If you make an animation, start by creating your voice narration with a product such as Audacity (http://audacity.sourceforge.net/). The narration comes before the imagery because it establishes the pacing of your story. Load the narration to your software and then layer the imagery on top of it. I don't even plan the imagery ahead of time. I just play the narration and grab whatever best illustrates what I am saying as I go along.
VideoScribe (www.sparkol.com/videoscribe.php): A software download that shows an image of a hand drawing whatever you put on the canvas, be it from the gallery or your own content. It's easy to load content from the outside, though it's better to use basic shapes or logos rather than more detailed images, because the drawing effect is not as attractive with detailed images. Here's an example:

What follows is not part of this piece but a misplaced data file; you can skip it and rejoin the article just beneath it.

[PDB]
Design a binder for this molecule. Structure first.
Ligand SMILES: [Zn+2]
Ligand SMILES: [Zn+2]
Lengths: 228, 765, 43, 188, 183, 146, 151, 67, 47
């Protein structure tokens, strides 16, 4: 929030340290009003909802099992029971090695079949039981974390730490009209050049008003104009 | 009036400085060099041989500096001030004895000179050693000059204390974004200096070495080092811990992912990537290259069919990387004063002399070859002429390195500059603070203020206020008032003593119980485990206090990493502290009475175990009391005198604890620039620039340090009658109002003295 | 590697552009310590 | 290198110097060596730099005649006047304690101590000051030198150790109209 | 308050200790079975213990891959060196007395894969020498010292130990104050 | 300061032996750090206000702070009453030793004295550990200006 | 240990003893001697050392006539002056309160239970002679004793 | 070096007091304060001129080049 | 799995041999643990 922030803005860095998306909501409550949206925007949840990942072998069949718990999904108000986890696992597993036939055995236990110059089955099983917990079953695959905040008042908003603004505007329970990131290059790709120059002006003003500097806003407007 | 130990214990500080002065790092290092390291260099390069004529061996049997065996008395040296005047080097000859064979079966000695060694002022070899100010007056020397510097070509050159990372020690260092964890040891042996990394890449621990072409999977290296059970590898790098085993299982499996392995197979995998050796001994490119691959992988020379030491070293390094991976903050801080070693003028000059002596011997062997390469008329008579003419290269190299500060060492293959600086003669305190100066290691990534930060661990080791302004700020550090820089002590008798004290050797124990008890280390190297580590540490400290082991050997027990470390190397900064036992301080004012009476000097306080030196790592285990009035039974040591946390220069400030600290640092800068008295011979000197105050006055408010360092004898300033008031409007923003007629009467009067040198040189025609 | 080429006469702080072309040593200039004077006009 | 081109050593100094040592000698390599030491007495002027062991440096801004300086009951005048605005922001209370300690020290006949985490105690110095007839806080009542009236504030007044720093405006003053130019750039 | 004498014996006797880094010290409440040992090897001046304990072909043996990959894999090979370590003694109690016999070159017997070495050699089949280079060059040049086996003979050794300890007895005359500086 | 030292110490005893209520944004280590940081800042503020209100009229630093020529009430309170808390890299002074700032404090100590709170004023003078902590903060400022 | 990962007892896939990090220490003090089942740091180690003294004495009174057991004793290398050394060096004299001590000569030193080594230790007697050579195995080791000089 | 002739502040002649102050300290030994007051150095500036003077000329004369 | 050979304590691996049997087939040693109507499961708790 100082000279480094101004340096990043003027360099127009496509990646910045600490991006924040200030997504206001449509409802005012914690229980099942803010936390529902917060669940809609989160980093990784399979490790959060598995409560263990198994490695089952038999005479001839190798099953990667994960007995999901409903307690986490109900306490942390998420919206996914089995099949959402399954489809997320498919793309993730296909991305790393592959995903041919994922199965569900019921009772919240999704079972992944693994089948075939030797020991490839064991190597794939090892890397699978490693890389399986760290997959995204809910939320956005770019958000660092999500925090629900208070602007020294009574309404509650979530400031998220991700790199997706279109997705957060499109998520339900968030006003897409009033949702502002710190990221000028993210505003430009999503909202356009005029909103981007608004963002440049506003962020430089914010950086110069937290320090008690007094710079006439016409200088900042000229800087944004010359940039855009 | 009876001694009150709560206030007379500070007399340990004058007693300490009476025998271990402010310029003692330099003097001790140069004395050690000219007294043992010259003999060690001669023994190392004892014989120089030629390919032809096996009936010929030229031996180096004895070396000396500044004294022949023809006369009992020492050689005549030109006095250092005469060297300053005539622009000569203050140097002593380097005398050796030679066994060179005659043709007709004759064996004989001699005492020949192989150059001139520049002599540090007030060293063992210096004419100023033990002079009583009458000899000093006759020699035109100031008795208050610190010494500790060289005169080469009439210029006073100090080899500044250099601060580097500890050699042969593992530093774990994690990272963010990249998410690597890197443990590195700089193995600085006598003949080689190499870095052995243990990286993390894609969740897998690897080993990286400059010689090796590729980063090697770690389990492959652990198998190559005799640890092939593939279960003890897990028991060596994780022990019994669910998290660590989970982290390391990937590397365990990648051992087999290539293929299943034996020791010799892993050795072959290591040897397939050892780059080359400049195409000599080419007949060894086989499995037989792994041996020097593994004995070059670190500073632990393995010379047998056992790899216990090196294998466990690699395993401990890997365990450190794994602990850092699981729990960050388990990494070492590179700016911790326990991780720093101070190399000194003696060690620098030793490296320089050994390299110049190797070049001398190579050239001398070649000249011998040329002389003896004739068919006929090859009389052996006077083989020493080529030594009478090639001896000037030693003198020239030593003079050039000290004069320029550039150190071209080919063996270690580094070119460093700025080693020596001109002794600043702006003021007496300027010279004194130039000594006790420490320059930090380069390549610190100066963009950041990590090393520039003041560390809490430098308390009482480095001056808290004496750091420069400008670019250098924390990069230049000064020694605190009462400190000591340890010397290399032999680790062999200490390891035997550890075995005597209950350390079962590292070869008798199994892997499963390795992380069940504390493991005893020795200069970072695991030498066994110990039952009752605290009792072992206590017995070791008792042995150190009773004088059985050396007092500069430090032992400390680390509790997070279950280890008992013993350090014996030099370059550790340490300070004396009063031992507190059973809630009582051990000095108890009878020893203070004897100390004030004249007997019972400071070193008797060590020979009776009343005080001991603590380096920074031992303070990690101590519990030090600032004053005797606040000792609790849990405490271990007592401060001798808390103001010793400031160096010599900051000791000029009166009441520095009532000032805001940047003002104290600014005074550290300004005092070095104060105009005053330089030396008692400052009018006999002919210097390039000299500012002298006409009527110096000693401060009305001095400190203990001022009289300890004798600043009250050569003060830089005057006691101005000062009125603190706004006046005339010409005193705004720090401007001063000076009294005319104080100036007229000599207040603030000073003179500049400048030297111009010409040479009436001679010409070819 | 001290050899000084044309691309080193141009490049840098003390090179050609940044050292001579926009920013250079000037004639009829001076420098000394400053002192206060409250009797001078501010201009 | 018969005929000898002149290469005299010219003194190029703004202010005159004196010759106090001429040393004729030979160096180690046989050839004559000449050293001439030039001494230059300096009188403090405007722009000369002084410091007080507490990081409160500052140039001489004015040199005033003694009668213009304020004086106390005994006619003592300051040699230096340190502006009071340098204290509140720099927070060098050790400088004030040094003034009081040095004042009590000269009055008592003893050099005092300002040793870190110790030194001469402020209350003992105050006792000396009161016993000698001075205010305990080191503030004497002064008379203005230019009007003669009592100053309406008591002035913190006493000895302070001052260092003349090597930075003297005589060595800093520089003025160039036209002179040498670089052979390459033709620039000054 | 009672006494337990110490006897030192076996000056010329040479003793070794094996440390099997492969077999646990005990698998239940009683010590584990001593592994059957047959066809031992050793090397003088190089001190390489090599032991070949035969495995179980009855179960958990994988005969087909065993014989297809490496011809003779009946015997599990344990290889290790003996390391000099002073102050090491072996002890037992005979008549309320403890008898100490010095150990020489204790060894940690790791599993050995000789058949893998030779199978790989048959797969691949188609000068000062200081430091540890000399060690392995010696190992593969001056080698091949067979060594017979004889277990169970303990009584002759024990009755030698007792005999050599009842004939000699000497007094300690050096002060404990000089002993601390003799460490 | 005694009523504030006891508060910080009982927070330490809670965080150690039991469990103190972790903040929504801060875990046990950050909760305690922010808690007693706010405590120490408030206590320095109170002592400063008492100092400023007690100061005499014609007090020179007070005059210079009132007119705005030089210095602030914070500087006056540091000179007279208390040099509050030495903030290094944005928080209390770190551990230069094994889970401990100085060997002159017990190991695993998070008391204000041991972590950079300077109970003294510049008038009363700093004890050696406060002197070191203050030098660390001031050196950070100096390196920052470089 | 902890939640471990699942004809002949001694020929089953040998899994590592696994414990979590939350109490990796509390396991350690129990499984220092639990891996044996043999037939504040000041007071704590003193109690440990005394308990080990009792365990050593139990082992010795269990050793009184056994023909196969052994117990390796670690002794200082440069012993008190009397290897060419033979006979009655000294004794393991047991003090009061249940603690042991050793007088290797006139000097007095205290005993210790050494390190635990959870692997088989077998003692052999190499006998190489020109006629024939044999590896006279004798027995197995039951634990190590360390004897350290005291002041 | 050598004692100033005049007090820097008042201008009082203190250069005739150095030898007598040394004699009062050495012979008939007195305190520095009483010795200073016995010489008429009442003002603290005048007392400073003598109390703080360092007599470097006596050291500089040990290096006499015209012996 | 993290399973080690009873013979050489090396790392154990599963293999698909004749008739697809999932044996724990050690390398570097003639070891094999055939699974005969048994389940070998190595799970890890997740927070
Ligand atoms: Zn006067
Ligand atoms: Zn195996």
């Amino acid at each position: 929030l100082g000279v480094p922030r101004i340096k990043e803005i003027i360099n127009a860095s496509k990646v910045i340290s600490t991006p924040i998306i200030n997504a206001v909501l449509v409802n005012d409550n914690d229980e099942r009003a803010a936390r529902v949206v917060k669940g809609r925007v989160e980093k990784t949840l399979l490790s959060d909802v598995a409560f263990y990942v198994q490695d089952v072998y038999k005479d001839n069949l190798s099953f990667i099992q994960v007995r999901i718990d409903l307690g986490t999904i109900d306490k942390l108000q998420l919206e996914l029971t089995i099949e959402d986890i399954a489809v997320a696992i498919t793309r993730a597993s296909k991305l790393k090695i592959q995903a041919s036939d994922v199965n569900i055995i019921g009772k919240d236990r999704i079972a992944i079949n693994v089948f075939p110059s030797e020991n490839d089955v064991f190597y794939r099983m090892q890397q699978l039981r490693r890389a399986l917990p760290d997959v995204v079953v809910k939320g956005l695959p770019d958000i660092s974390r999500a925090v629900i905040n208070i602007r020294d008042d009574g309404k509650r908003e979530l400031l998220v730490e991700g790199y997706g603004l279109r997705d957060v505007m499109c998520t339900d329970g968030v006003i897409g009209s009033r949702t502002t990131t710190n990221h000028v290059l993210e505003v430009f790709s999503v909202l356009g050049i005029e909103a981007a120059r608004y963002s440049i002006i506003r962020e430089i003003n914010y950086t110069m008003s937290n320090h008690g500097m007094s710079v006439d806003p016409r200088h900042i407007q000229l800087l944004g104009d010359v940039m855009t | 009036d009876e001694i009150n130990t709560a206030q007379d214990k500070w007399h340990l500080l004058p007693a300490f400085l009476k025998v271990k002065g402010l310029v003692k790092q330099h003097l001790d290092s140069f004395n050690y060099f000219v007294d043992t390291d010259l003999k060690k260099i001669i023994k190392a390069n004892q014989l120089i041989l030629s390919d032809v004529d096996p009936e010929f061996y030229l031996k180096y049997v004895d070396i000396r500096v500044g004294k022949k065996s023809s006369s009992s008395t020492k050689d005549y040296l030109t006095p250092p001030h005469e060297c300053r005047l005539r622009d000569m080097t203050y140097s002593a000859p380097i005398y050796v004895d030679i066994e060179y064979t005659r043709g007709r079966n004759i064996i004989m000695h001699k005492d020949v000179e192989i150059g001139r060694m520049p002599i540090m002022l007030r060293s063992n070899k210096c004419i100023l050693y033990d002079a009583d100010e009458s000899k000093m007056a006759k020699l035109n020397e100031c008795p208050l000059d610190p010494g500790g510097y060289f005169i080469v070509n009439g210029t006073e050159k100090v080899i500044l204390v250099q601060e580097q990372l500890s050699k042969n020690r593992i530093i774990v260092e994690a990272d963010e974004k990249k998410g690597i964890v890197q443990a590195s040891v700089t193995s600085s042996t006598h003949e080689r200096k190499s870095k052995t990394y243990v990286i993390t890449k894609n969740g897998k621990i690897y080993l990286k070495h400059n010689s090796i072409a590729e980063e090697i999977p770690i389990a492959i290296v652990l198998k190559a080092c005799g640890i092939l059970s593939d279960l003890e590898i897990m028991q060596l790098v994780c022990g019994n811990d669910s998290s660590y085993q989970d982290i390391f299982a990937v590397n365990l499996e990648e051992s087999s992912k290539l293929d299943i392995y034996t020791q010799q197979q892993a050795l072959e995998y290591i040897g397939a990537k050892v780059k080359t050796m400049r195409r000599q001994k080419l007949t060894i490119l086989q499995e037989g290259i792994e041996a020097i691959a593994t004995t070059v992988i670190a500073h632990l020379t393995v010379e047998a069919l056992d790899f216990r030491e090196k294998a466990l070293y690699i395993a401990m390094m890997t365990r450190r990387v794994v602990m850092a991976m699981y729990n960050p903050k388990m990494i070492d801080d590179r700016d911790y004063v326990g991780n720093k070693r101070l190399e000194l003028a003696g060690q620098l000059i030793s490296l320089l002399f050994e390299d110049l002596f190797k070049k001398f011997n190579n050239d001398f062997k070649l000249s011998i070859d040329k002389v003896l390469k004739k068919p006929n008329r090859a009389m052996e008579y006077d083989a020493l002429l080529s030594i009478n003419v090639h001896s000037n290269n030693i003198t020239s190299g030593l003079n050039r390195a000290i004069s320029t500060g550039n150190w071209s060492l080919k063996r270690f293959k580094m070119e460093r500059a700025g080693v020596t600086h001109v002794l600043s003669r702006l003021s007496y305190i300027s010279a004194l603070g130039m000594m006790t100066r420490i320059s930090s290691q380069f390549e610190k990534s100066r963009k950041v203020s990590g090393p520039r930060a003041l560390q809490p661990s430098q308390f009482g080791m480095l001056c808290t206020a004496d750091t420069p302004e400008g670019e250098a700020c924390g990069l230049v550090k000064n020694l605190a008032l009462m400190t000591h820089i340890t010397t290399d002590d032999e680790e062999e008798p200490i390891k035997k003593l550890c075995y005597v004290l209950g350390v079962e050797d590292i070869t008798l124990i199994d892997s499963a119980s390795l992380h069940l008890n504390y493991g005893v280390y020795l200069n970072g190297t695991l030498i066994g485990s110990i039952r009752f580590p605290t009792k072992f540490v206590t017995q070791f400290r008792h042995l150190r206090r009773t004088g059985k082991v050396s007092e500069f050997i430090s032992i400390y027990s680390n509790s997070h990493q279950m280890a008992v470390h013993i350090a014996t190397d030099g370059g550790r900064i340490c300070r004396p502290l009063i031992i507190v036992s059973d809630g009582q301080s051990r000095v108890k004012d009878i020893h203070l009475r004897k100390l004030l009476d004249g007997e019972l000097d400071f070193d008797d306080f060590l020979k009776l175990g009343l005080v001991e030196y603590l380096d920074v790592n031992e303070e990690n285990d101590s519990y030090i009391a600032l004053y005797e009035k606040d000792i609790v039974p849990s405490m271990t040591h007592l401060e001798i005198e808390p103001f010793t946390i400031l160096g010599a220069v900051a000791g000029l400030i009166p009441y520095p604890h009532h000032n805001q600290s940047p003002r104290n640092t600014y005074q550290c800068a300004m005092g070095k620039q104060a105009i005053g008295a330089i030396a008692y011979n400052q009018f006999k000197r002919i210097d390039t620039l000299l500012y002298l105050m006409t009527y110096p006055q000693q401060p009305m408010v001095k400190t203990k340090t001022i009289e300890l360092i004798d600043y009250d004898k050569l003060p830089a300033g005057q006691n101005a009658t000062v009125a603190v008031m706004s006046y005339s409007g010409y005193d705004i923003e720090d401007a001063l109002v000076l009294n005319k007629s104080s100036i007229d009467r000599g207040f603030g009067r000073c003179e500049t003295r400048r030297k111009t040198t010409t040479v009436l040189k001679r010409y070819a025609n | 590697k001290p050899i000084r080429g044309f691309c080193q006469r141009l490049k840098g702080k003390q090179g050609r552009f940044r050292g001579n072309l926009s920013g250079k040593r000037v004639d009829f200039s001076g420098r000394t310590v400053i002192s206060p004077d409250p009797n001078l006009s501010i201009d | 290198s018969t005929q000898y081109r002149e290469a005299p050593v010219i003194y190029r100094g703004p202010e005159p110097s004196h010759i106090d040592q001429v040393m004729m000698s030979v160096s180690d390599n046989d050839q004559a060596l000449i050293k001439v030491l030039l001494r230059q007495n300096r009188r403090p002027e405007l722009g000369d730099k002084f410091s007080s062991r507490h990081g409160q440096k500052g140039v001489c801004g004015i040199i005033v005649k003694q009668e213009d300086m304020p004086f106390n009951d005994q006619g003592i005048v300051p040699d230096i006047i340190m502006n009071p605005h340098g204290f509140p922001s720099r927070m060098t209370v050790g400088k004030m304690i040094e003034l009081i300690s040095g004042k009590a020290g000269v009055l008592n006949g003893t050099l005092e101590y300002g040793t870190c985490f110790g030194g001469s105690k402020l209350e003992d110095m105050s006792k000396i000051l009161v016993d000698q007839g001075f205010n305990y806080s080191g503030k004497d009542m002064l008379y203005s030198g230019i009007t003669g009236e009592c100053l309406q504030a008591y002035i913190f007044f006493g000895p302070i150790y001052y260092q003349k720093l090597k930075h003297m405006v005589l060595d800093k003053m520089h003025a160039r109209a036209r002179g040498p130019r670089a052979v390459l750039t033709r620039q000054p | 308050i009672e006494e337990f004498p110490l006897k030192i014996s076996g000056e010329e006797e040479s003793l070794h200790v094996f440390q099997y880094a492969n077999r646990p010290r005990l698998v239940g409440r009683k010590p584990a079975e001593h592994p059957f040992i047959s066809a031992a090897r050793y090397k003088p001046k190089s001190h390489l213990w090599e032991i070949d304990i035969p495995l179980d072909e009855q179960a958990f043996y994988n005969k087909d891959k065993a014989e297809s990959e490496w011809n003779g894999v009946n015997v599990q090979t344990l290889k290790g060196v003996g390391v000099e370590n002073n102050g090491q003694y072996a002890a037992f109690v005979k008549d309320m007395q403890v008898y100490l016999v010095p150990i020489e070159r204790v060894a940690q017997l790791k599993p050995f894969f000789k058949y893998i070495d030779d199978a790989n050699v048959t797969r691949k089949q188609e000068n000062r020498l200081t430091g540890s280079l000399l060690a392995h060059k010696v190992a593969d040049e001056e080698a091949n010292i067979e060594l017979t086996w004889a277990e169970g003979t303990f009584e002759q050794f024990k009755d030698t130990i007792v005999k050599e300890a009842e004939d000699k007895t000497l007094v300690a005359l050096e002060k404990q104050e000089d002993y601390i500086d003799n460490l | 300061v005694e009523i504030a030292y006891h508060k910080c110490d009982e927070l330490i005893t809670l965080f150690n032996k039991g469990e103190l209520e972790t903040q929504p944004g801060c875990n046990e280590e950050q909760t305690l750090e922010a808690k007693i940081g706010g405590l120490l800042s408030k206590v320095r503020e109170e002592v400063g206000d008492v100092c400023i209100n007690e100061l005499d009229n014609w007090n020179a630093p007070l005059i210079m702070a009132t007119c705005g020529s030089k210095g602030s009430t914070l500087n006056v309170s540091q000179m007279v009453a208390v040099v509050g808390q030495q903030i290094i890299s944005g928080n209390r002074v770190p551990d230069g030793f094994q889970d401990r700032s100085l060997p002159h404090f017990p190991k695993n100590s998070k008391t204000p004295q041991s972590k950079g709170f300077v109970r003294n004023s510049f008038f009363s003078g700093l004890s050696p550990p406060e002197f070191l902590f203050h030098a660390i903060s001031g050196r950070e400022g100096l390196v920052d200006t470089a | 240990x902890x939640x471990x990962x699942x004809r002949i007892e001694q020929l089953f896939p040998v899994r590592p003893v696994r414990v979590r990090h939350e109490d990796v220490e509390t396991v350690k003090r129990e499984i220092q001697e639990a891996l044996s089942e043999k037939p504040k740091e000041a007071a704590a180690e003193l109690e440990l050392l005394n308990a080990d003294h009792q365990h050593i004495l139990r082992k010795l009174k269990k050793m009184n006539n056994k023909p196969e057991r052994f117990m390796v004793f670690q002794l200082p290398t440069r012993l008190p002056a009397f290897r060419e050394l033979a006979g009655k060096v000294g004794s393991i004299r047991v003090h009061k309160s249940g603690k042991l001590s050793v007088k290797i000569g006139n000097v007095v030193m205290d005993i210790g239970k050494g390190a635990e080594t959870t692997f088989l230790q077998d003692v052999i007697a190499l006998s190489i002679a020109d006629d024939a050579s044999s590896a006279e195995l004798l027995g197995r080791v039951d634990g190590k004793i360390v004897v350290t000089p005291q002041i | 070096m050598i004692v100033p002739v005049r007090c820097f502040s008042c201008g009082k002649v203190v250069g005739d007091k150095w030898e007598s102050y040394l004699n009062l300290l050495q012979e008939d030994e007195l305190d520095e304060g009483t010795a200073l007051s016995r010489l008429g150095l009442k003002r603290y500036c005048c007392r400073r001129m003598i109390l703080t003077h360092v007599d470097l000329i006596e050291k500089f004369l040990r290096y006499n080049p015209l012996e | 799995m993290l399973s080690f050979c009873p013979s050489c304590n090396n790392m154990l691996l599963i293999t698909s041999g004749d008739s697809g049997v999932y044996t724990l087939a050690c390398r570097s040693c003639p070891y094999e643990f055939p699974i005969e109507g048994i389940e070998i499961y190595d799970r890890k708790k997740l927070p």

Wideo (http://wideo.co/): Similar to VideoScribe except the work is done online, meaning that there is no software to download. It's also free, whereas VideoScribe is free only for the first seven days.
Animation Desk (www.kdanmobile.com/en/animation-desk/index.html): Similar to VideoScribe and Wideo but is a free iPad app. Create your animations by dragging in images or drawing on the iPad screen with your finger. The results can be downloaded to YouTube.
GoAnimate (http://goanimate.com/) and Xtranormal (www.xtranormal.com/): Both systems allow you to create cartoon animations on their websites, using prestocked characters. You can either upload your own narration or type the narration for the characters to speak. Xtranormal was even used to create a Geico commercial.
John Orlando has 15 years in online education, mostly learning by trial and error. He helped develop and lead online learning programs at the University of Vermont and Norwich University and has taught faculty how to teach online as well as to use technology in their face-to-face teaching. He serves on the Online Classroom editorial advisory board.